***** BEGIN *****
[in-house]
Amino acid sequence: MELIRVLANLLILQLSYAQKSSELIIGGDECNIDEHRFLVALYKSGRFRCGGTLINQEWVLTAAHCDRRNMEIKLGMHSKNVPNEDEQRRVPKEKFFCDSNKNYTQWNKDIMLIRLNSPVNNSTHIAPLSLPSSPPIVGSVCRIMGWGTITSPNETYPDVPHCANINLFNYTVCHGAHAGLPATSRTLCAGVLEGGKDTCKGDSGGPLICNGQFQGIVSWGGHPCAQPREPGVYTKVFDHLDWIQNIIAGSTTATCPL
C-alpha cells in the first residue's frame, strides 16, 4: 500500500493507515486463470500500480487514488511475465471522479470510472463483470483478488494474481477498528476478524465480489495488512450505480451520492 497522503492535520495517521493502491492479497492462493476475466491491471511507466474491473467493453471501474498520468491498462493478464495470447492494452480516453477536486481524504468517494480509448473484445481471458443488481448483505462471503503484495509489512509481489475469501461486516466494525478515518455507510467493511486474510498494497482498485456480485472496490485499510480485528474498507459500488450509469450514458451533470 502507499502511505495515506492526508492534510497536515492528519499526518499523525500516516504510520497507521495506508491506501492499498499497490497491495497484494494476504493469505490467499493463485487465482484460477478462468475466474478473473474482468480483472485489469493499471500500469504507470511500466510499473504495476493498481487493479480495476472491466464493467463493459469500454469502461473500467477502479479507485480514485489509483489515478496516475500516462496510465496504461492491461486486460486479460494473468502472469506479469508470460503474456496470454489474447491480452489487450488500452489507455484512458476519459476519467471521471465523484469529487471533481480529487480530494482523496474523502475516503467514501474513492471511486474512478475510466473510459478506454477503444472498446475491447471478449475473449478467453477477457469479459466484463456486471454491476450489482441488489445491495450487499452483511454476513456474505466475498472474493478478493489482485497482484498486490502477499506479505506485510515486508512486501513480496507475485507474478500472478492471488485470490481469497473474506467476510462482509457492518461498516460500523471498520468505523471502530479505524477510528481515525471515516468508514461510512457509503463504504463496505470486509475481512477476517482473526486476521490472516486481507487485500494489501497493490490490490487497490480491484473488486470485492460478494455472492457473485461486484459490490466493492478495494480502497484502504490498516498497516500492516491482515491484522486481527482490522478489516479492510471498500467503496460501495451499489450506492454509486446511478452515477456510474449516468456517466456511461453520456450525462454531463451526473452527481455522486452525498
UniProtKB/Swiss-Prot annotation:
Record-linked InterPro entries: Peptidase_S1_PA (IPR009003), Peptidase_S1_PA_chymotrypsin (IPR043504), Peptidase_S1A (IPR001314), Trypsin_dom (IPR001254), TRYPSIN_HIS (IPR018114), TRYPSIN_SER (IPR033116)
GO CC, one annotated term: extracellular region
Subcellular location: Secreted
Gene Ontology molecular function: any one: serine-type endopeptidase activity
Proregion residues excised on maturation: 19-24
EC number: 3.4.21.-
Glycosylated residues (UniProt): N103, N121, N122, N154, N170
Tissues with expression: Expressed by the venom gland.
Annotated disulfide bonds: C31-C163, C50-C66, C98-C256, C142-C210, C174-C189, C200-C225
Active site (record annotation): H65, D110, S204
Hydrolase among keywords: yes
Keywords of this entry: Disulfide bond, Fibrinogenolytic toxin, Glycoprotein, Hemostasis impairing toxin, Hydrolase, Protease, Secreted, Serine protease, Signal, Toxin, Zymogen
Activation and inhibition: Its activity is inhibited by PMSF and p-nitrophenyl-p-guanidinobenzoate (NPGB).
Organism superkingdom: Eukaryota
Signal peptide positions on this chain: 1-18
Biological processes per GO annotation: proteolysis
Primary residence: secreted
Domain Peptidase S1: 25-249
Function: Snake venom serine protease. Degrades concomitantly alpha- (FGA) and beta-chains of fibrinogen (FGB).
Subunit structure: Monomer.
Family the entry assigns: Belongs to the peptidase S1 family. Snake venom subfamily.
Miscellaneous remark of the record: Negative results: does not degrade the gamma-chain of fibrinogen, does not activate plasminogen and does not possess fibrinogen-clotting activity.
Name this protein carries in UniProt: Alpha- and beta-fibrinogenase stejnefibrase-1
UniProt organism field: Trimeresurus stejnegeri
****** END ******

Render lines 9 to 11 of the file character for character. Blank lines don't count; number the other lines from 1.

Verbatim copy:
Proregion residues excised on maturation: 19-24
EC number: 3.4.21.-
Glycosylated residues (UniProt): N103, N121, N122, N154, N170